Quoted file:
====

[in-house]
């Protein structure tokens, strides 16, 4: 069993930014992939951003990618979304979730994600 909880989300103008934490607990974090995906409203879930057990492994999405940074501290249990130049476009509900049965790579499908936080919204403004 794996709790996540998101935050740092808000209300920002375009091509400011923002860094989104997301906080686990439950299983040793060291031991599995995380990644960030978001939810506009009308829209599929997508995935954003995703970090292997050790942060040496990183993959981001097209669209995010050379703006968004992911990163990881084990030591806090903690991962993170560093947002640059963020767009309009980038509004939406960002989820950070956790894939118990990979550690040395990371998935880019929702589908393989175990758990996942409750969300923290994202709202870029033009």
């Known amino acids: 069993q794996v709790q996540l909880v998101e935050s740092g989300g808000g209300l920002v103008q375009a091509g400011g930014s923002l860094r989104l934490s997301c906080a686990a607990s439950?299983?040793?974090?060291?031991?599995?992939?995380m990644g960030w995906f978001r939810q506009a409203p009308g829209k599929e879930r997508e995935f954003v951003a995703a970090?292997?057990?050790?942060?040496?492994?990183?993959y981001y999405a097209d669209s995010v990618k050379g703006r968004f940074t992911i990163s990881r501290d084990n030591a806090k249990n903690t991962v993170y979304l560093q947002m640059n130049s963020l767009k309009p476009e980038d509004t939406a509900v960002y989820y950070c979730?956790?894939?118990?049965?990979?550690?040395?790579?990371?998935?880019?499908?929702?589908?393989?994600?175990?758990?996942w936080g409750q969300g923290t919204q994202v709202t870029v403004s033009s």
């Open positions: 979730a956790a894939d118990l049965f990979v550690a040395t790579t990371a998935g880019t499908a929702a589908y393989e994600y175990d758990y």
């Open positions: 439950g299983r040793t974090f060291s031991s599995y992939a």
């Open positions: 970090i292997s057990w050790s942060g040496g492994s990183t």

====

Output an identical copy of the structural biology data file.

[in-house]
């Protein structure tokens, strides 16, 4: 069993930014992939951003990618979304979730994600 909880989300103008934490607990974090995906409203879930057990492994999405940074501290249990130049476009509900049965790579499908936080919204403004 794996709790996540998101935050740092808000209300920002375009091509400011923002860094989104997301906080686990439950299983040793060291031991599995995380990644960030978001939810506009009308829209599929997508995935954003995703970090292997050790942060040496990183993959981001097209669209995010050379703006968004992911990163990881084990030591806090903690991962993170560093947002640059963020767009309009980038509004939406960002989820950070956790894939118990990979550690040395990371998935880019929702589908393989175990758990996942409750969300923290994202709202870029033009």
């Known amino acids: 069993q794996v709790q996540l909880v998101e935050s740092g989300g808000g209300l920002v103008q375009a091509g400011g930014s923002l860094r989104l934490s997301c906080a686990a607990s439950?299983?040793?974090?060291?031991?599995?992939?995380m990644g960030w995906f978001r939810q506009a409203p009308g829209k599929e879930r997508e995935f954003v951003a995703a970090?292997?057990?050790?942060?040496?492994?990183?993959y981001y999405a097209d669209s995010v990618k050379g703006r968004f940074t992911i990163s990881r501290d084990n030591a806090k249990n903690t991962v993170y979304l560093q947002m640059n130049s963020l767009k309009p476009e980038d509004t939406a509900v960002y989820y950070c979730?956790?894939?118990?049965?990979?550690?040395?790579?990371?998935?880019?499908?929702?589908?393989?994600?175990?758990?996942w936080g409750q969300g923290t919204q994202v709202t870029v403004s033009s």
């Open positions: 979730a956790a894939d118990l049965f990979v550690a040395t790579t990371a998935g880019t499908a929702a589908y393989e994600y175990d758990y």
């Open positions: 439950g299983r040793t974090f060291s031991s599995y992939a």
């Open positions: 970090i292997s057990w050790s942060g040496g492994s990183t």